VR Apps for iPhone are constantly evolving, especially with the advent of affordable gadgets like the Google Cardboard, even though the case of integrating the Oculus Rift is still pending. Competition is always a welcomed idea, and the race of providing the customer with the best viewing experience leaves the buyer with the highest value in the equation. From cinematics to educative experiences, some VR Apps for iPhone are reasons enough to acquire an HMD.
This post reviews VR Apps for iPhone that should bring you at least a rewarding visual experience if their cultural or informative aspects fail to impress you. The fact that they are all free can’t hurt either.
- Orbulus – was launched in the summer of 2015 for iOS, and it is meant for those of you who want to travel the world (and not only) without having to leave your living room. Different themed galleries are uploaded constantly, with subject matters as diverse as the Mars Rover, the Aurora Borealis or the Alhambra in Granada. It works with many models of headsets.
- DinoTrek VR Experience – is one way to improve on the idea of wholesome family entertainment. It basically is your own dinosaur themed natural park, for your family to go on a Cretaceous safari. The user has a 360-degree view of the interactions of the great prehistoric reptiles, whether they are engaged in ferocious territory battles or (not so) elegant mating dances. It is also free, with new features being added every few months.
- Skydive 360 – I usually go for the real thing, but when it comes to jumping out of moving vehicles, and aerial ones at that, I prefer the surrogate. Trying to visually re-create an experience that often leaves people lost for words is no mean feat. Maybe this is the reason that reviews for this app go from one extreme to another. As someone that gets frightened at just mentions of jumping a fence, I highly recommend the VR experience.
- Infiniti Driver’s Seat VR – it is recommended for use with the Google Cardboard, although that’s not mandatory. The features, options and general awesomeness of Infiniti’s concept cars are only accessible through this app. Fasten your seatbelt and drive the Infiniti Q60 and QX30 through some of the most exquisite test drive routes, while listening to a history of the concepts delivered to you by Infiniti’s head of development.
- VR Cities – with the most recent update coming just last month, VR Cities borrows the work of 360 photographers and brings it to your iPhone for the best tourist’s exploration no money can buy. From the cities of old Europe like Paris and Prague to the futuristic novel architectural tigers of Doha, Dubai or Singapore, there is a multitude of options.
- VR ONE Cinema – German quality and design from Carl Zeiss AG, permits you to watch movies in a 3D theater experience, lights off. Controllable through an intuitive interface, this app works by copying movies in MP4 format (or directly from your camera roll) through the iTunes sharing, a little flick of the head and the curtain is raised immediately. It works best with a Zeiss head-mounted (though not a requisite) display plus videos in 720p resolution, yet it does not support movies from the iTunes store.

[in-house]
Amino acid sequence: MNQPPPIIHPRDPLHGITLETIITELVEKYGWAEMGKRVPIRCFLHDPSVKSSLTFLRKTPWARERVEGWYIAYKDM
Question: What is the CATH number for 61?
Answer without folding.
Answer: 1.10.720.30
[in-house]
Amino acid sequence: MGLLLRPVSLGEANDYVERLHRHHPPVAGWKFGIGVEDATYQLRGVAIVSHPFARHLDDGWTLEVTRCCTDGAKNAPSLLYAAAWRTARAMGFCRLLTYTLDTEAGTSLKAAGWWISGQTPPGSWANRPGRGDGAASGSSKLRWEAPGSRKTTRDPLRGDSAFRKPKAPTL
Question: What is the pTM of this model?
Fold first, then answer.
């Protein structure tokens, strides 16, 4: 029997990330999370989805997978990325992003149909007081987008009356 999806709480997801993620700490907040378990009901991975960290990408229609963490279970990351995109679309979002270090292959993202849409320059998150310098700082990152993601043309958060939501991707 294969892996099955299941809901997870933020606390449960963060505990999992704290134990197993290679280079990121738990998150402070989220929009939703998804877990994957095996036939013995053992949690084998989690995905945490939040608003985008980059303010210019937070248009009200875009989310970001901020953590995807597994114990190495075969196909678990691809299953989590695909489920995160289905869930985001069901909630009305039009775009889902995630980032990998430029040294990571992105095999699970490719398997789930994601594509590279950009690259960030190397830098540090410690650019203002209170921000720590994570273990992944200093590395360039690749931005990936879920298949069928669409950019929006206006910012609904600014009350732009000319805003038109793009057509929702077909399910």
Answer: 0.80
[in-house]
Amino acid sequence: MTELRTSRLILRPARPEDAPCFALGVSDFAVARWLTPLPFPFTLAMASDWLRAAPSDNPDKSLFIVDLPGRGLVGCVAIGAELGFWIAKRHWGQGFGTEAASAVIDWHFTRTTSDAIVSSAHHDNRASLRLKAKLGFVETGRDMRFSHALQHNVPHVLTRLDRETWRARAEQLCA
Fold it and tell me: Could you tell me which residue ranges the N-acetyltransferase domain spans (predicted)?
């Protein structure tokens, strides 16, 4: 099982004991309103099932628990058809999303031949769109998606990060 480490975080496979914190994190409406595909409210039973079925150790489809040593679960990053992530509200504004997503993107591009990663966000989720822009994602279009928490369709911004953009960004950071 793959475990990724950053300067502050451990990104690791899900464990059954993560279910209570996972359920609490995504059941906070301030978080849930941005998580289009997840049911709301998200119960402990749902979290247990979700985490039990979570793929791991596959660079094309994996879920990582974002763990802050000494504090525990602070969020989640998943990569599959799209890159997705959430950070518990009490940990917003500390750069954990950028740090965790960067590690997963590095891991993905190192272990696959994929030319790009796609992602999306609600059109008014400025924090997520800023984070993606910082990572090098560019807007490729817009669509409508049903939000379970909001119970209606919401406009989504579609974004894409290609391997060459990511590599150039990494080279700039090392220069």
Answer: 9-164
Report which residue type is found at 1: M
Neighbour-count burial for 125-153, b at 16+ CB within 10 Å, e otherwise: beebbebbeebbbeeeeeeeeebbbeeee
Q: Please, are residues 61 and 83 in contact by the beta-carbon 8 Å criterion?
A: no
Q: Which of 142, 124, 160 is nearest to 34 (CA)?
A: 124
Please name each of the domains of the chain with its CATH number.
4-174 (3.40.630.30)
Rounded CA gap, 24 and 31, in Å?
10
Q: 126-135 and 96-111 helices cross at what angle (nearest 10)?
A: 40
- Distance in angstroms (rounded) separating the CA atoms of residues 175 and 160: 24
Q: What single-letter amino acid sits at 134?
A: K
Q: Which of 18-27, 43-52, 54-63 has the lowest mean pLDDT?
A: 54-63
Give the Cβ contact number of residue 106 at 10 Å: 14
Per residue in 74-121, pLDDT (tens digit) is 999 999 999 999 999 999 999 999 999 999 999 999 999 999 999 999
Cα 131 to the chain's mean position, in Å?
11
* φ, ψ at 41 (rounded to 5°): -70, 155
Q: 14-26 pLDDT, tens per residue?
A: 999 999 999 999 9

- Discovery VR – enhances your favorite science and exploration themed shows with a new viewpoint. Where current VR technology excels is at the computer generated recreation of things past: sites of ancient cities, prehistoric animals, distant planets or ocean depths upon which a video camera has never been set. A huge upside for this app is the fact that it uploads new content on a regular basis, with the latest update just a few weeks ago.
- Sisters: A Virtual Reality Ghost Story – a variation on the old scary story theme, this app takes it beyond the level of the campfire narrator. The developers promise something close to a horror-cinematic experience, complete with a realistic environment that is supposed to respond to your actions, yet some of the user reviews decry the quality of the sound.
- NYT VR – the virtual reality app from the New York Times has a clever little slogan, and should help users immerse themselves in the realm of quality journalistic storytelling. Presumably, it is enjoyed best with the Google Cardboard, and it even has some tips in the iTunes description. The editors update the app with new material about once a month.
These VR apps for iPhone may prove one reviewer’s derisive remark that “virtual reality has already been here for a while” as having some truth, however, if one is truly passionate about a subject, then a different angle of exploring that passion cannot hurt.
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